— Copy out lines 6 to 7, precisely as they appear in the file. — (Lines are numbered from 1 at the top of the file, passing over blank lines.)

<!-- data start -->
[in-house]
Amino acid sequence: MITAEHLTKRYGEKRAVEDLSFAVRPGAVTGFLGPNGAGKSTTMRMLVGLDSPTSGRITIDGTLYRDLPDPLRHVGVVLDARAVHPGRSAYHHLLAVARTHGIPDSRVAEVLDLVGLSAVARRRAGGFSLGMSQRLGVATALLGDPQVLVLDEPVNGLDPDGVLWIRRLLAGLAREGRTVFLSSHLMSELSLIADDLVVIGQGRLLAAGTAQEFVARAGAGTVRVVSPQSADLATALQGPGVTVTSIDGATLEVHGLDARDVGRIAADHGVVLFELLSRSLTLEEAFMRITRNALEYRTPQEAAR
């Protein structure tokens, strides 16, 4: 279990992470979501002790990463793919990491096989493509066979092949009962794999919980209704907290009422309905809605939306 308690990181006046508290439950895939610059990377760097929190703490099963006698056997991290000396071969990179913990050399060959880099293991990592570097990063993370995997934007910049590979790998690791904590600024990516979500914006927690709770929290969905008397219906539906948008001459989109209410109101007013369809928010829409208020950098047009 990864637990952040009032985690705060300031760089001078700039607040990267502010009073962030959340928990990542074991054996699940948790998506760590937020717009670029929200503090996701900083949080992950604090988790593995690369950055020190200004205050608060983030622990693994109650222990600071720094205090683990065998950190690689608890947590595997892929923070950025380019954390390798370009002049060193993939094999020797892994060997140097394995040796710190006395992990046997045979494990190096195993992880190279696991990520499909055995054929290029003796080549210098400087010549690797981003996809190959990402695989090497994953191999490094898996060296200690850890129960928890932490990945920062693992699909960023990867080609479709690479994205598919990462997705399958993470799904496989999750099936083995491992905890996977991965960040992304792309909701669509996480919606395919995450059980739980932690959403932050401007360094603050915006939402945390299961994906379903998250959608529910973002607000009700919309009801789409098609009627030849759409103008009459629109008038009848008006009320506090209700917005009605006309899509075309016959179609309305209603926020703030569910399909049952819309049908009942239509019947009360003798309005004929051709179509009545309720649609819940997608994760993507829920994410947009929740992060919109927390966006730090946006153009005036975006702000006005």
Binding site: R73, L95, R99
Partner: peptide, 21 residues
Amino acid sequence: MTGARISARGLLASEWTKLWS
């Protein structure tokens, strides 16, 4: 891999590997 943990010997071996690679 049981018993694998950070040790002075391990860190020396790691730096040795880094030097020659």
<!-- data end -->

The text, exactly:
Amino acid sequence: MTGARISARGLLASEWTKLWS
């Protein structure tokens, strides 16, 4: 891999590997 943990010997071996690679 049981018993694998950070040790002075391990860190020396790691730096040795880094030097020659």